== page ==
Wikipedia could be banned in the UK after it committed not to comply with the upcoming Online Safety Bill.
The controversial legislation has already drawn similar responses from companies such as WhatsApp, which also said that it would not abide by new rules and could be forced out of the country as a result.
Wikipedia’s specific objections come to parts of the bill that require websites that include content that could be harmful to children to include age verification checks. The Wikimedia Foundation, which runs Wikipedia, said that it fears that some content – such as educational content about sexuality – could be included in that.
If that does happen, and it is asked to include age verification checks, it would refuse to comply. Rebecca MacKinnon, from the Wikimedia Foundation, told that BBC that doing so would “violate our commitment to collect minimal data about readers and contributors”.
That in turn could leave the app facing sanctions in the UK, and that it could be blocked in the country if it does not comply.
It has already said that the website could lead to major problems with the way the site operates, given the vast amount of new content that is being added all the time and the difficulty in moderating it. It has said the Online Safety Bill would also cause problems by forcing it to moderate articles, rather than the volunteers that currently do so.
In the House of Lords this week, heritage minister Lord Parkinson said that the bill would probably not include Wikipedia and that it was focused on “only services which pose the highest risk to children will use age verification technologies”.
But Lucy Crompton-Reid, from Wikimedia UK which is affiliated with the foundation, told the BBC that the remarks were reassuring but that it did not want to rely on the goodwill of the government.
As such, she said it was “definitely possible that one of the most visited websites in the world - and a vital source of freely accessible knowledge and information for millions of people - won’t be accessible to UK readers (let alone UK-based contributors)”.
Ms Crompton-Reid’s concerns echoes comments from messaging apps, which have expressed concerns about other parts of the bill. Platforms such as WhatsApp and Signal have said that the legislation could require them to be able to moderate all messages that are passed through their systems – a requirement that would be technically unfeasible because of security settings that they have committed not to weaken.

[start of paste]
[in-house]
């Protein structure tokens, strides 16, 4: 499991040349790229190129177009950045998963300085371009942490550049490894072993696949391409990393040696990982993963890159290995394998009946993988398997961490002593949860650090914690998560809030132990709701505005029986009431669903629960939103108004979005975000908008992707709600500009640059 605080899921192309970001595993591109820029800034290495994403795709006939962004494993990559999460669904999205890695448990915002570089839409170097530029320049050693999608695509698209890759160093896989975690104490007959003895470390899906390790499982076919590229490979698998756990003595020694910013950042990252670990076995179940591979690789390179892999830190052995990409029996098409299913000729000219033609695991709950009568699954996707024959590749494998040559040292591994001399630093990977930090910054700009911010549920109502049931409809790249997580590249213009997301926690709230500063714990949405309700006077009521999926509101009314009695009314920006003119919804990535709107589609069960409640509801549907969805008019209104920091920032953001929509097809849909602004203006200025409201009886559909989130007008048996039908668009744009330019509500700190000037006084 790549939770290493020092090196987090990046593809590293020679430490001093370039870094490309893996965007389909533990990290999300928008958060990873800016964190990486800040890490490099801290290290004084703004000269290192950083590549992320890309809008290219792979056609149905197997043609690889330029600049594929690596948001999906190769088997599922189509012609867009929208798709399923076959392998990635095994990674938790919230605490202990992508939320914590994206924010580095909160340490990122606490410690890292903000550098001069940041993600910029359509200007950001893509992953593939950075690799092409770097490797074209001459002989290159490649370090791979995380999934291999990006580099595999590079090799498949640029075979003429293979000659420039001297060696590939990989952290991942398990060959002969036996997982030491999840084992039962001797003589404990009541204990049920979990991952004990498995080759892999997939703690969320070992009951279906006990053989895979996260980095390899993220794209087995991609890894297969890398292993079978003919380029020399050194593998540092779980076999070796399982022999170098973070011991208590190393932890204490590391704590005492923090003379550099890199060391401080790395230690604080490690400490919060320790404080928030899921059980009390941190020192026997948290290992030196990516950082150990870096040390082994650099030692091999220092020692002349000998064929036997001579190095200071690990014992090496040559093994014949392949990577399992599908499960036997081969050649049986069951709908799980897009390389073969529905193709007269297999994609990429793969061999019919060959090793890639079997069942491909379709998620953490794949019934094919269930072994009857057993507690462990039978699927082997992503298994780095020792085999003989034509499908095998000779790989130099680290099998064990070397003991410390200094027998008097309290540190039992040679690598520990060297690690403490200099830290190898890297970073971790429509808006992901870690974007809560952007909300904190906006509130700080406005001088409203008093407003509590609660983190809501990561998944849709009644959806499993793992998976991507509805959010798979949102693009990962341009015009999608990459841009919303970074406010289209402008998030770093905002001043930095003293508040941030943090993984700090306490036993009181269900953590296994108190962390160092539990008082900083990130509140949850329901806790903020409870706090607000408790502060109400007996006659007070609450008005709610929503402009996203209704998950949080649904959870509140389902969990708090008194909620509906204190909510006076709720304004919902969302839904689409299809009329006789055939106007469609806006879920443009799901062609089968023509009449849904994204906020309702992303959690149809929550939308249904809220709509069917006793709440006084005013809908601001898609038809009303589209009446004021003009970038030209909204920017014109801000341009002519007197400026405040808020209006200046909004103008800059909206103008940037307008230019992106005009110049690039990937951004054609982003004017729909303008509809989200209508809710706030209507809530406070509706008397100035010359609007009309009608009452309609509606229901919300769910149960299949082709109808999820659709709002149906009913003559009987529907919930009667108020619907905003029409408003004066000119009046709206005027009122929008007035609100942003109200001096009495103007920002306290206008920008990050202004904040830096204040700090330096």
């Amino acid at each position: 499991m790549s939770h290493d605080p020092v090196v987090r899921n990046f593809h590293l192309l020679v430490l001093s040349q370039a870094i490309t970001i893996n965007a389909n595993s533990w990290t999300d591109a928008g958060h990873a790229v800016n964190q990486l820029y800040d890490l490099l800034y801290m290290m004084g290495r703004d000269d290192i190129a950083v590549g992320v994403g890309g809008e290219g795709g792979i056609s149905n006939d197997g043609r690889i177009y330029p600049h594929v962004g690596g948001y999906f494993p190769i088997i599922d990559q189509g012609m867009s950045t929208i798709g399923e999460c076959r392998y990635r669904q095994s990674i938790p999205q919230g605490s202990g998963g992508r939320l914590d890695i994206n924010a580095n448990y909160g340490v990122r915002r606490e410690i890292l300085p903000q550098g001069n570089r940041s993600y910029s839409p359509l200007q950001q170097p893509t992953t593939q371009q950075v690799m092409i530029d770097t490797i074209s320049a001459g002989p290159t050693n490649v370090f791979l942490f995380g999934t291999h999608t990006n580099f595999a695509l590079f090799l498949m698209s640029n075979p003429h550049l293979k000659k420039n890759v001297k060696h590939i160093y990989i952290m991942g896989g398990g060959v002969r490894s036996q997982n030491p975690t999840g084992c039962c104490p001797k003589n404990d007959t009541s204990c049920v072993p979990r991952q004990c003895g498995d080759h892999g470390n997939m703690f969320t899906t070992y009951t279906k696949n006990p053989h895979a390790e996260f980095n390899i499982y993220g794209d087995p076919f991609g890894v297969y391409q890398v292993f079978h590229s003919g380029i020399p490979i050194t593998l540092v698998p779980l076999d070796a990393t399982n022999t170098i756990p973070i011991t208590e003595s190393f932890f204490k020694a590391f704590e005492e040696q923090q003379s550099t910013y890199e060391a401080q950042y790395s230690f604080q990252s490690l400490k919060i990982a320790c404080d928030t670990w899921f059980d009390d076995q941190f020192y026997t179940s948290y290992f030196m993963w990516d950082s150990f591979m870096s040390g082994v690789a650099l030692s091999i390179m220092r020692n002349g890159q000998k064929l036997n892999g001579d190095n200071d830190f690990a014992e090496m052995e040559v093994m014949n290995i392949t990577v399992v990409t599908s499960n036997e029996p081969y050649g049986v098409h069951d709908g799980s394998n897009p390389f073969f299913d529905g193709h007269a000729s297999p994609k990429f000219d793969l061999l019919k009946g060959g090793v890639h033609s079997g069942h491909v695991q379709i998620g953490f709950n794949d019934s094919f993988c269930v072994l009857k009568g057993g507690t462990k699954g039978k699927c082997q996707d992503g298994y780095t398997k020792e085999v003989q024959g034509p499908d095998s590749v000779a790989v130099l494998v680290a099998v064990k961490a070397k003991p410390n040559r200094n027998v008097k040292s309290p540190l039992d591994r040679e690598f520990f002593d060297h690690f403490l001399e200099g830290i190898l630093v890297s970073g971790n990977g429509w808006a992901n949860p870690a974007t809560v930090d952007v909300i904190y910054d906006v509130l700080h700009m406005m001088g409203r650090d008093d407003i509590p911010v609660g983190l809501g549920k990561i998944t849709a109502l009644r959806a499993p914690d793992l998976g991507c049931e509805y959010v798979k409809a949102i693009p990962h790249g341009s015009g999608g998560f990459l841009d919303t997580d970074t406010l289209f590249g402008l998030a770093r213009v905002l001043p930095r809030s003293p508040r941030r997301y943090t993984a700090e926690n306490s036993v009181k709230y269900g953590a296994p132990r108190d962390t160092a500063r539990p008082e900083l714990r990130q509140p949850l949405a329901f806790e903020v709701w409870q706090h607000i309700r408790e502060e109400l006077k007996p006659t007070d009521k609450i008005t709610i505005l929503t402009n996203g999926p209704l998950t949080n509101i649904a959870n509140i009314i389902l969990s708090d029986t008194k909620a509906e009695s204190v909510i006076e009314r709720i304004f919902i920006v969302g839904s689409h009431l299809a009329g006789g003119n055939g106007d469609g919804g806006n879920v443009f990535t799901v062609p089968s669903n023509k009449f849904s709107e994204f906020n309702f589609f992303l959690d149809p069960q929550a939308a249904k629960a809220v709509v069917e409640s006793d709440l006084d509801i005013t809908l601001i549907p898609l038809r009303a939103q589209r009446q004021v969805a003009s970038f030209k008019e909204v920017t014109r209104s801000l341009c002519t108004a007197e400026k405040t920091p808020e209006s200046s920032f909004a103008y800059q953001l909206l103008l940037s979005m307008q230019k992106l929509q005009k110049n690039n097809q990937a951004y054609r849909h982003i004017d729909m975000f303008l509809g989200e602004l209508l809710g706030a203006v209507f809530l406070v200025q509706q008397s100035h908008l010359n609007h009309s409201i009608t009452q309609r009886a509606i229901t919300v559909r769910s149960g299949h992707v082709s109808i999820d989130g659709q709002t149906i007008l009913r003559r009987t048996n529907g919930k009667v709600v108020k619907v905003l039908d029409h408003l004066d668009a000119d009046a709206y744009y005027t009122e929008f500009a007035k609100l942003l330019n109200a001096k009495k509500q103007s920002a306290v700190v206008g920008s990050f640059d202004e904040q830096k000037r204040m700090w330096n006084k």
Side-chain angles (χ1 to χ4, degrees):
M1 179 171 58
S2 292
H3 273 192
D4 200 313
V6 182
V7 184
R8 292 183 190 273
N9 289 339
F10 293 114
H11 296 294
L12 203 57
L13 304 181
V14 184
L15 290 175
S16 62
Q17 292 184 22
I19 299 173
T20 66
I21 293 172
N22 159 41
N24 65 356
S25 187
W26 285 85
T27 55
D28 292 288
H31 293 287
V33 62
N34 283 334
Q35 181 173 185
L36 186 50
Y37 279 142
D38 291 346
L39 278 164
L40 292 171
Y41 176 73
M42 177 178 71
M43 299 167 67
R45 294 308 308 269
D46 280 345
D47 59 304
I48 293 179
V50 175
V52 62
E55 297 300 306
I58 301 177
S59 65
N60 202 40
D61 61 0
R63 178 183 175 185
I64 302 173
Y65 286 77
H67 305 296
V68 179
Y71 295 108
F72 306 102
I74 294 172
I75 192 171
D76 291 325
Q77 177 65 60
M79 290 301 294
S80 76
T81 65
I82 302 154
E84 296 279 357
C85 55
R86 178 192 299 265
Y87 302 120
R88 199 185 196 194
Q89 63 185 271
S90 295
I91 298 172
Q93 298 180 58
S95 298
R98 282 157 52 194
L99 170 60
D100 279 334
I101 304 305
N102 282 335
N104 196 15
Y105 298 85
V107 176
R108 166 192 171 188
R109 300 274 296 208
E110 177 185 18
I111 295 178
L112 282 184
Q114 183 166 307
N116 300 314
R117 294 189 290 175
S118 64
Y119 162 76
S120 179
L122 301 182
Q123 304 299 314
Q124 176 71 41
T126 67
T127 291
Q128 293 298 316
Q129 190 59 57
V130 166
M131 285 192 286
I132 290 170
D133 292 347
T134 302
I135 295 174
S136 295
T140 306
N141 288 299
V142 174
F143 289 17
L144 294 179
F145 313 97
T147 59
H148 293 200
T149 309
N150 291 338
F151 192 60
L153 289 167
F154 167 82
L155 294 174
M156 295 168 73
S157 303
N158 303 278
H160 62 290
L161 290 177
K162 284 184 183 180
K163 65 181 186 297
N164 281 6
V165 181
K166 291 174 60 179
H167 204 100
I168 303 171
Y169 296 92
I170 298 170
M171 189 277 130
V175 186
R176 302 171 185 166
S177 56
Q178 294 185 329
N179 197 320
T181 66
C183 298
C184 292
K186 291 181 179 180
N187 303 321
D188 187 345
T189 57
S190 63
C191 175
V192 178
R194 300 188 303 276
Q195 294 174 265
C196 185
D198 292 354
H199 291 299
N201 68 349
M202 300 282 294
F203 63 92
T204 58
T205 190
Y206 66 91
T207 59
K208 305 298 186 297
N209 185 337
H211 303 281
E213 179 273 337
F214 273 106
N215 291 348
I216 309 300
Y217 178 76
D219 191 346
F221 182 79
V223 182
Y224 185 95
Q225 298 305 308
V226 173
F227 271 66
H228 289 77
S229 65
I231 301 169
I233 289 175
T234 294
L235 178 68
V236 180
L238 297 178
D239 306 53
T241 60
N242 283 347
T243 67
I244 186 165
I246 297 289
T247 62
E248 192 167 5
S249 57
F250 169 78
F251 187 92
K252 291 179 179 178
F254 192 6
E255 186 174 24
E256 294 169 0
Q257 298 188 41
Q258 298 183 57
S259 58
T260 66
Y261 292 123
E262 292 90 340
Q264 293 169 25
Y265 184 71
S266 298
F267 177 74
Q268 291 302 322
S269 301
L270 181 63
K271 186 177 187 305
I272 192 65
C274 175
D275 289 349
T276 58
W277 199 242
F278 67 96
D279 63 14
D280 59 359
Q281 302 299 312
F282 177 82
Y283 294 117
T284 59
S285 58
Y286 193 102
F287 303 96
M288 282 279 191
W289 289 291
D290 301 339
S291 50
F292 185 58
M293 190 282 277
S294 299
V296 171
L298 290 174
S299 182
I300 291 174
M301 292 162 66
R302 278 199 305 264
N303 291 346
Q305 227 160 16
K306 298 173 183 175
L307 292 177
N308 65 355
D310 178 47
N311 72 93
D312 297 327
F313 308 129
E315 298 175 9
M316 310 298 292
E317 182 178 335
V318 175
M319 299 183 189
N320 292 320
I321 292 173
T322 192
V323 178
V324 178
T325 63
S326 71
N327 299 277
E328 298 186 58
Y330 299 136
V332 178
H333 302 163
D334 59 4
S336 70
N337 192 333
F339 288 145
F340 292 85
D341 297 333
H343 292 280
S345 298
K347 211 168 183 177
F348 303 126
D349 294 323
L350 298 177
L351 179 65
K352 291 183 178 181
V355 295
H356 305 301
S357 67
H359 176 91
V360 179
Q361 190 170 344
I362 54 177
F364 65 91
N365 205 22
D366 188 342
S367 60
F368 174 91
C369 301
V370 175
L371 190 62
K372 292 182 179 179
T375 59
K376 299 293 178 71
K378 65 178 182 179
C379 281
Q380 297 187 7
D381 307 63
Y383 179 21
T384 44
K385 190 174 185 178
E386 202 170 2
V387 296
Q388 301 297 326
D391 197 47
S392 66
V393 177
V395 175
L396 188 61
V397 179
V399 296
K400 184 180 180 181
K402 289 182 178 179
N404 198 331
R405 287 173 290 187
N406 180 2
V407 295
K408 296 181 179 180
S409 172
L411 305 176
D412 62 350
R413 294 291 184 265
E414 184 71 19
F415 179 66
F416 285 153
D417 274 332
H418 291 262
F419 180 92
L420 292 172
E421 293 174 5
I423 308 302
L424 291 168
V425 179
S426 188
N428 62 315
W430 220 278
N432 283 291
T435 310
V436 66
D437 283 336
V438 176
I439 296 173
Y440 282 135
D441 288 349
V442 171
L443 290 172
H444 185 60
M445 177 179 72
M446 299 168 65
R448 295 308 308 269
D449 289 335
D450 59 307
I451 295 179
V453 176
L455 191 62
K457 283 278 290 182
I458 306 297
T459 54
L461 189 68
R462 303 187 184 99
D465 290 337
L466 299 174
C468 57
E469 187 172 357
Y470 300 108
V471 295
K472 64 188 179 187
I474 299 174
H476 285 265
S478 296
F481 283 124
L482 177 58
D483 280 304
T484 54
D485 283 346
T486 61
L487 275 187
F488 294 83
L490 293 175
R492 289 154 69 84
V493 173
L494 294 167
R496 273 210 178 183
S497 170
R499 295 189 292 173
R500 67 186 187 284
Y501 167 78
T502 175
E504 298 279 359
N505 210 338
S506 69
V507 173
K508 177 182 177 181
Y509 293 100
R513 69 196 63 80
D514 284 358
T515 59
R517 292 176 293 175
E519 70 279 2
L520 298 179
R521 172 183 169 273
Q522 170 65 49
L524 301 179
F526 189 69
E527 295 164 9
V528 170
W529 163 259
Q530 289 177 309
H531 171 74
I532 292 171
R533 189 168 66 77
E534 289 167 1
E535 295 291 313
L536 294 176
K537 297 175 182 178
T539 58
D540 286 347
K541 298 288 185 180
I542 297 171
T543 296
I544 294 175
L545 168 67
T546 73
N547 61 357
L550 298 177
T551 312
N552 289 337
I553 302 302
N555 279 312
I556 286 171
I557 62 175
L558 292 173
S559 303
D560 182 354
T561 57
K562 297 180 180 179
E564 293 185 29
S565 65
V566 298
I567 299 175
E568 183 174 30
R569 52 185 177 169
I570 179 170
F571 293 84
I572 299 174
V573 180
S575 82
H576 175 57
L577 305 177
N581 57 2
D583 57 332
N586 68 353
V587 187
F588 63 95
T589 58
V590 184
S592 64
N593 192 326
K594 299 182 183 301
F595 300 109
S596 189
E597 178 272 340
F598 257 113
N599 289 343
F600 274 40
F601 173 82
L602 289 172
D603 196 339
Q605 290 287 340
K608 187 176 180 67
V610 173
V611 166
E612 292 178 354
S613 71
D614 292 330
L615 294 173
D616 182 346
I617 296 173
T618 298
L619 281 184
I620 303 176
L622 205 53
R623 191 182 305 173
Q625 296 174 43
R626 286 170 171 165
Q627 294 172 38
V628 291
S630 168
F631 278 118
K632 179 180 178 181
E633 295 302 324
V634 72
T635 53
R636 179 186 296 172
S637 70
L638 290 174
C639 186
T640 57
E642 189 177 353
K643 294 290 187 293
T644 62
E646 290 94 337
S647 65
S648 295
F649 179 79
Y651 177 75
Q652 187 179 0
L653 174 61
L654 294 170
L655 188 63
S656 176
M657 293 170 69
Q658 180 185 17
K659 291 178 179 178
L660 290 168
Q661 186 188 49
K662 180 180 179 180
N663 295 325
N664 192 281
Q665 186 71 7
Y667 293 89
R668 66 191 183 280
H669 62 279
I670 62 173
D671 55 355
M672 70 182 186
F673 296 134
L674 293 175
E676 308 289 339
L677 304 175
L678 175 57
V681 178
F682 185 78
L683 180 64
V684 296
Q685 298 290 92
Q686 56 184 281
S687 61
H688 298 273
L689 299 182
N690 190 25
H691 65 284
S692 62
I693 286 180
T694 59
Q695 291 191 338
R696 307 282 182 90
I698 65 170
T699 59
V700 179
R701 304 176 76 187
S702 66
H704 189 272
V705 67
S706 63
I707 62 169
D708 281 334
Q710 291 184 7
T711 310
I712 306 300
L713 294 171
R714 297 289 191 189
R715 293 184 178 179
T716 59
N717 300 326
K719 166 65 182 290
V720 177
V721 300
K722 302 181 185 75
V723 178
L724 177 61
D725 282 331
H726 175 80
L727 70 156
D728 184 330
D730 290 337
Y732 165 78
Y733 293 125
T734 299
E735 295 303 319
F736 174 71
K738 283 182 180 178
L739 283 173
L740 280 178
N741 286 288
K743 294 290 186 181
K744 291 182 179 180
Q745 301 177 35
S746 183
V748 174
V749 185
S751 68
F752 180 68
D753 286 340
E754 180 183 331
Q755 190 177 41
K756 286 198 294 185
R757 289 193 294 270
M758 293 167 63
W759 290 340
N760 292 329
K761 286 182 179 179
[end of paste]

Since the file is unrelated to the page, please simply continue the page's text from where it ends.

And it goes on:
The government has said that the bill is not intended to weaken that security, and has occasionally suggested that the end-to-end encryption technology that powers those apps will still be allowed. But they have argued that those assurances should be written into the legislation, so that the powers in the law cannot be abused at a later date.
The announcement came shortly after the Wikimedia Foundation was punished by a Russian court over an article about the war in Ukraine. Wikimedia was fined two million roubles ($24,510) for not deleting what Russia said was “banned content” related to the Russian military, Interfax reported.
It said this was the seventh fine imposed on Wikimedia in 2023 for not removing prohibited information. The fines now total 8.4 million roubles.
The latest penalty was for not removing an article about a military unit that contained “classified military information” about its location, composition and equipment, including information related to the progress of what Russia calls its special military operation in Ukraine.
Wikimedia did not immediately respond to a request for comment. It has previously said information that Russian authorities complained about was well-sourced and in line with Wikipedia standards.
Wikipedia is one of the few surviving independent sources of information in Russian since a state crackdown on online content intensified after Moscow invaded Ukraine last year.
“We are not blocking Wikipedia yet, there are no such plans for now,” Interfax quoted digital affairs minister Maksut Shadaev as saying last week.
Additional reporting by Reuters